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MAY-JUNE-JULY STORMS SET RAINFALL RECORDS IN SOUTHEAST U.S.

NOAA image of USA national precipitation ranking for June 2003.August 4, 2003 ó While residents of Alabama, Georgia and Mississippi are certainly no strangers to torrential rains and floods that can occur anytime of the year, their patience has been sorely tested with the record rainfall and flooding that has made this one of the wettest May-July periods in history, according to the NOAA National Weather Service Southern Region. (Click NOAA image for larger view of USA national precipitation ranking for June 2003.)

The following May-June-July records are all based on preliminary data. During the May 1 - July 31 period, Alabama’s largest city, Birmingham, recorded a total of 29.59 inches of rain making it the wettest since record keeping began there in 1890. This year’s rainfall has more than doubled the area’s average rainfall (13.70 inches) for that period.

With 39.65 inches, Mobile also set a new record for the period. Again, the total was more than twice the average (17.65 inches), since record keeping began there 123 years ago. The Alabama/Georgia border city of Columbus, Ga., recorded 22.93 inches which makes the May-July period the wettest on record (since 1948) for that city.

Atlanta experienced its 3rd wettest May-July since record keeping started in 1878 with a total of 22.62 inches of rain. Meridian, in eastern Mississippi, also experienced its third wettest May-July with 24.96 inches. Huntsville, Ala. Followed with 21.16 inches for its fifth wettest May-July on record.

Ken Graham, meteorologist in charge of WFO Birmingham, recalls a particularly busy day last May. “Nearly 10 inches of rain fell in just a few hours across northern portions of the Birmingham metro area resulting in historic flooding. The Five Mile Creek in northern Jefferson County rose above the river gauge by nearly eight feet. The same day, the eastern Alabama town of Wadley was almost isolated by the flooded Tallapoosa River.”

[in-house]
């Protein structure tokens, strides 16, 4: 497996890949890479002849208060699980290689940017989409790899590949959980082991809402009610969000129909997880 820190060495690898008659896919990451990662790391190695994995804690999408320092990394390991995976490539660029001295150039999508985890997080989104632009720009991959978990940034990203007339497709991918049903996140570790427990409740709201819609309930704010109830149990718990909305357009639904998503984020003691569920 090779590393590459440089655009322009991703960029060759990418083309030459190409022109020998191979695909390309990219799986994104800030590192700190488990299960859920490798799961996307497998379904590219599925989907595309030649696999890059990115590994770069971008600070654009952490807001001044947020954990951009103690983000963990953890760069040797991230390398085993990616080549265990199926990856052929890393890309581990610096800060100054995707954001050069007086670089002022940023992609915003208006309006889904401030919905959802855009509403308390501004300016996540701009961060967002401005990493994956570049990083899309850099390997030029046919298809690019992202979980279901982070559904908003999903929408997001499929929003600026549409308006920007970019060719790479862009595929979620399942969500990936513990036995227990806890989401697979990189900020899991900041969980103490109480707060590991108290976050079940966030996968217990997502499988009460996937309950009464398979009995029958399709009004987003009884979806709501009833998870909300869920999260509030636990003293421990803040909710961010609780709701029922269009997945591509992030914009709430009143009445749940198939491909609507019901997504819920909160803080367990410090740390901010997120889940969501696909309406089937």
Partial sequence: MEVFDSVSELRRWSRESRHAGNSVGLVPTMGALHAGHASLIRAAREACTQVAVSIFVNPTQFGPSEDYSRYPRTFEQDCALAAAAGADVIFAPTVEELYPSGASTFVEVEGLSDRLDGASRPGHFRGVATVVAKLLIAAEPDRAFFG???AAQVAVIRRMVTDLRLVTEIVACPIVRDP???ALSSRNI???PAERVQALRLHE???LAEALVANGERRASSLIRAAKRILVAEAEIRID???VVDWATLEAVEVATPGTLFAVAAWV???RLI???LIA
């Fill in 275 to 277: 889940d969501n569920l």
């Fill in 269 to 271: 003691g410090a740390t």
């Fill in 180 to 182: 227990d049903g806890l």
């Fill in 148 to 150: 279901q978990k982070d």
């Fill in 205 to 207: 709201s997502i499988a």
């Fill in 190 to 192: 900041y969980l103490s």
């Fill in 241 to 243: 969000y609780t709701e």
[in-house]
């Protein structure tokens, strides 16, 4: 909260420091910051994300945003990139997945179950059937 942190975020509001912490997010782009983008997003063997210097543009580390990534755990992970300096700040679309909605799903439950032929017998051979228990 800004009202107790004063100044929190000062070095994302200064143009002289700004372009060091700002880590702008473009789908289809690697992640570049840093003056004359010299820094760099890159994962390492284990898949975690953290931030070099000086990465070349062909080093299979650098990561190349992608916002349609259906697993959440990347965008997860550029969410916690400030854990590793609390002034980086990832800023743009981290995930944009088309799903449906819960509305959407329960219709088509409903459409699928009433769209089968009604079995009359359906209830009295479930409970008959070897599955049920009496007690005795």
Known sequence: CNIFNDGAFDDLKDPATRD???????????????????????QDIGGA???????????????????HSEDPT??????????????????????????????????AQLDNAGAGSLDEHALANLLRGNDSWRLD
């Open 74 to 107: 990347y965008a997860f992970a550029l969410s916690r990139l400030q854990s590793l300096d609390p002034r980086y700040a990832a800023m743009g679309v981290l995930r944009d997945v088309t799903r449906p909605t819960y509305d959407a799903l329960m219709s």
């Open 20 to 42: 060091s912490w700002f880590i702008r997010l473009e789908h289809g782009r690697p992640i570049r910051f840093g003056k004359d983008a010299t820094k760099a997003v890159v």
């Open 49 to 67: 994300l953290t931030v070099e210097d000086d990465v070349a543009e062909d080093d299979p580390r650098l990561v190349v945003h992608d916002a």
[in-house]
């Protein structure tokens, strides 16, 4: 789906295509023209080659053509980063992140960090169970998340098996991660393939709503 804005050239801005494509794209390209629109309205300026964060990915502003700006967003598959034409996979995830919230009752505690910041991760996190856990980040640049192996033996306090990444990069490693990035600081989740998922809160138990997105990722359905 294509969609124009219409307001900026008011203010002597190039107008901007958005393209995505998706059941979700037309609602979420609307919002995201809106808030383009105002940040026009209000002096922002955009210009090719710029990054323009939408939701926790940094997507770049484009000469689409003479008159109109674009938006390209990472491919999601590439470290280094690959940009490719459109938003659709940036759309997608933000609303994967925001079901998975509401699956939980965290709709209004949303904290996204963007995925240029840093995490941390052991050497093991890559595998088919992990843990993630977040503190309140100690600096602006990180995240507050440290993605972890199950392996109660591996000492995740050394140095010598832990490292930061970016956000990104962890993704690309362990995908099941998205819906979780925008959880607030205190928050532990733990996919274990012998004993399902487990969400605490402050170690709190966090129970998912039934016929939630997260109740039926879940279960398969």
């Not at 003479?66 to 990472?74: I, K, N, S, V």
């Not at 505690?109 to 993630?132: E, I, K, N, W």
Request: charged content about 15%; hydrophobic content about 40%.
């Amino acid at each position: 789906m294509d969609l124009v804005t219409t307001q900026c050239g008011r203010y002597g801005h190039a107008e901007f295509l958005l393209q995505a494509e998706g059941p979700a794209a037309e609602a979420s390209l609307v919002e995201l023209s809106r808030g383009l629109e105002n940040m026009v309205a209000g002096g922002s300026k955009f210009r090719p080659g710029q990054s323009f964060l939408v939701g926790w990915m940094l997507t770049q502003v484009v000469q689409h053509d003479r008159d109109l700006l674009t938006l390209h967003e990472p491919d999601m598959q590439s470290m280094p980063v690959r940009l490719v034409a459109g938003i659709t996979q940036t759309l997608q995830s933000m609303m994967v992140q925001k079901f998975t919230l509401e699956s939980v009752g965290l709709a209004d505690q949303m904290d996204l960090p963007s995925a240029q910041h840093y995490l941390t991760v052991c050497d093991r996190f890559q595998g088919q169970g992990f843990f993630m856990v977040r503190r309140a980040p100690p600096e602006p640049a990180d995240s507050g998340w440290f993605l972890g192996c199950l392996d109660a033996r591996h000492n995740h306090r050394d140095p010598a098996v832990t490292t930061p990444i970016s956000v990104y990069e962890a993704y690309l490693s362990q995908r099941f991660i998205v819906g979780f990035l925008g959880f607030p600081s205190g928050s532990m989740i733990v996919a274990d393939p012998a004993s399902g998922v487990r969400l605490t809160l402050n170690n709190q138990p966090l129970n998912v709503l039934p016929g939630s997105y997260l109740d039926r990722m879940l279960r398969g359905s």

In Atlanta, Ga., NOAA National Weather Service weather forecast office hydrologist Jim Noel said, “Peachtree Creek in the Atlanta metro area has topped its banks at least four times since May, flooding out apartments, homes and roads forcing hundreds of people from their apartments”

During that three month period, NOAA National Weather Service Forecast Offices in Mississippi, Alabama and Georgia issued nearly 350 flash flood warnings. At the same time, 421 separate flood events were forecast by the NOAA Southeast River Forecast Center, which serves portions of Mississippi, Alabama, Georgia, Florida, North and South Carolina, Virginia and Tennessee.

“These preliminary records are impressive and further proof that the NOAA National Weather Service Southern Region is home to some of the most active weather in the world, but we should keep them in perspective,” said Bill Proenza, director of the NOAA National Weather Service Southern Region. “While, in geologic terms, 125 years is only a blink of the eye, our weather records do reflect the periods of heaviest rainfall in living memory. It is imperative that we continue to monitor and study climatological patterns to help us fulfill our primary mission of saving lives and property and enhancing the nation’s economy.”

What do meteorologists predict the future will hold for this area? “The three-month outlook for August, September and October calls for near normal temperatures and a five to 10 percent chance of above average rainfall across all of Georgia and southern Alabama”, says Victor Murphy, climate services manager, at the NOAA National Weather Service Southern Region.

NOAA is dedicated to enhancing economic security and national safety through the prediction and research of weather and climate-related events and providing environmental stewardship of the nationís coastal and marine resources. NOAA is part of the U.S. Department of Commerce.

Relevant Web Sites
NOAA National Weather Service Southern Region

Climate of 2003 — June in Historical Perspective

U.S. Climate Monitoring National Overview

Media Contact:
Ron Trumbla, NOAA National Weather Service Southern Region, (817) 978-1111 ext. 140